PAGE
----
Nine works of liturgical art glass commissioned by the Franciscan Renewal Center for the new Our Lady of the Angels Conventual Church at La Casa—The Franciscan Renewal Center in Scottsdale, Arizona. These designs were developed thematically in conversation with the Liturgical Art Committee to share the community’s longstanding hospitality and invitation into the process and grace of renewal, and are based on the Canticle of Creation by Saint Francis, including Brother Wind, Sister Death, and Sister Mother Earth.
The major vertical element, visible when one enters the site, is the south art glass window. This central element images the earthly Mother of God accompanied by angels, ascending to her place in heaven as the woman clothed in the sun. As a beacon to those who enter and an image of the church’s patroness, this window clearly identifies the church without overshadowing the liturgical environment within the building. The design for the window was deeply inspired by Bonaventure, wherein the circle is a potent image of the movement from and return back. All of creation is called back to the creator in this vision of the cosmos returning to the divine mystery that made it. The cosmic dimension of creation and redemption are brought together in this window and include Hubble-inspired images of a multitude of galaxies. The swirling rising movement in this window presents the energy and animation that the role of Mary is in the Christ event. There is also a dynamism between her and all humanity.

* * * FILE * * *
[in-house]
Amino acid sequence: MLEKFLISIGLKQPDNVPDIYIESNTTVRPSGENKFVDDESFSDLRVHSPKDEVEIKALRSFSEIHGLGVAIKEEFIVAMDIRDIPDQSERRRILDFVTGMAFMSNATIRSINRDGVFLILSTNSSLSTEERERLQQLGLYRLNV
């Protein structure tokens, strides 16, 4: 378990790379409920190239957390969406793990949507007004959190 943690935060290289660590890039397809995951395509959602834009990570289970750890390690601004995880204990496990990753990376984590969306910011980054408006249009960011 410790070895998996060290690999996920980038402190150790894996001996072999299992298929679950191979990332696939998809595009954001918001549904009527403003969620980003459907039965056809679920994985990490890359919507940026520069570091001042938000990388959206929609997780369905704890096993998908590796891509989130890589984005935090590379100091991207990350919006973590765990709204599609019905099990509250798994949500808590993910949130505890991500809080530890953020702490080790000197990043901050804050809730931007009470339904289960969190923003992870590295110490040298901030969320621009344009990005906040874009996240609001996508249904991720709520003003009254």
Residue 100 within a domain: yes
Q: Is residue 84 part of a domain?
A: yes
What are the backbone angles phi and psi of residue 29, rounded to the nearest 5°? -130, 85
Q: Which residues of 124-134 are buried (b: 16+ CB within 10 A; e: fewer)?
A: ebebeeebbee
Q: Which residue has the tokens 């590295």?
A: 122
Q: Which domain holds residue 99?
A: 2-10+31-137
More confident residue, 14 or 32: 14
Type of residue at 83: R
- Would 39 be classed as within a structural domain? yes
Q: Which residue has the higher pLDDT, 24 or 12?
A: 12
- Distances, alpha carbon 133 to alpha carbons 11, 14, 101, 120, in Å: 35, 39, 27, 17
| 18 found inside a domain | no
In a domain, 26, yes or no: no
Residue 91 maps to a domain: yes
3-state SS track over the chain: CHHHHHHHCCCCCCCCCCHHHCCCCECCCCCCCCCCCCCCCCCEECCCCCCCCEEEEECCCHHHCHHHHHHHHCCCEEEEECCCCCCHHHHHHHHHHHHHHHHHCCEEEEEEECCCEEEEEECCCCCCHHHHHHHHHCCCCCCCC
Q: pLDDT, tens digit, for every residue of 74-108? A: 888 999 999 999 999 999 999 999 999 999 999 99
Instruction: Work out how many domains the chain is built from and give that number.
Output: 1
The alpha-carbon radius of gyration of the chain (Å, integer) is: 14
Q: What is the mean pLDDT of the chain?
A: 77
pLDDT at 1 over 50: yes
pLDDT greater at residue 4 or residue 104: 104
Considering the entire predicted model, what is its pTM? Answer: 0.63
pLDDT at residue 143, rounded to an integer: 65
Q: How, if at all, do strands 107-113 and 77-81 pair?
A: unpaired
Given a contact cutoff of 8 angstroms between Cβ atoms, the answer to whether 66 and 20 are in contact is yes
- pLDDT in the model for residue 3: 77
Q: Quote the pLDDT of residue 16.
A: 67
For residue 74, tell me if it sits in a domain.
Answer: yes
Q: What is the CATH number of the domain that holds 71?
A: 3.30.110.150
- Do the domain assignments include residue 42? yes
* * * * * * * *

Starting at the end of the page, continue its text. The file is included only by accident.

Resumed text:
The praises of Saint Francis from the Canticle of Creation which begin to form in the Marian window are echoed in the other commissioned windows throughout the church. Images of Sister Death, Fire, Brother Wind, Water, Sun, Stars, and Mother Earth surround the community in the smaller windows throughout the worship space. The Greccio reredos glass envisions the humility of Christ and the cosmic significance of his incarnation as a dimensional-warping of the universe seen from the hills outside of Bethlehem.
Each glass panel was cut and pieced together from mouth-blown antique glass using a number of traditional and contemporary glass techniques, including silver stain, acid-etching, sandblasting, and enameling. The mouth-blown glass is laminated to a carrier safety glass panel without the use of traditional lead came. Three art glass panels exceed 30 feet in height while another is over 30 feet in length. Painting by Olaf Hanweg at Derix Glasstudios. Glass etching by Roman Olichowski. Glass cutting by Karl Heinz-Traut. Glass grinding and fitting by Johanna Feltes. A photograph from the Lost Dutchman State Park by Bill Stammer provided inspiration for the final Mother Earth windows.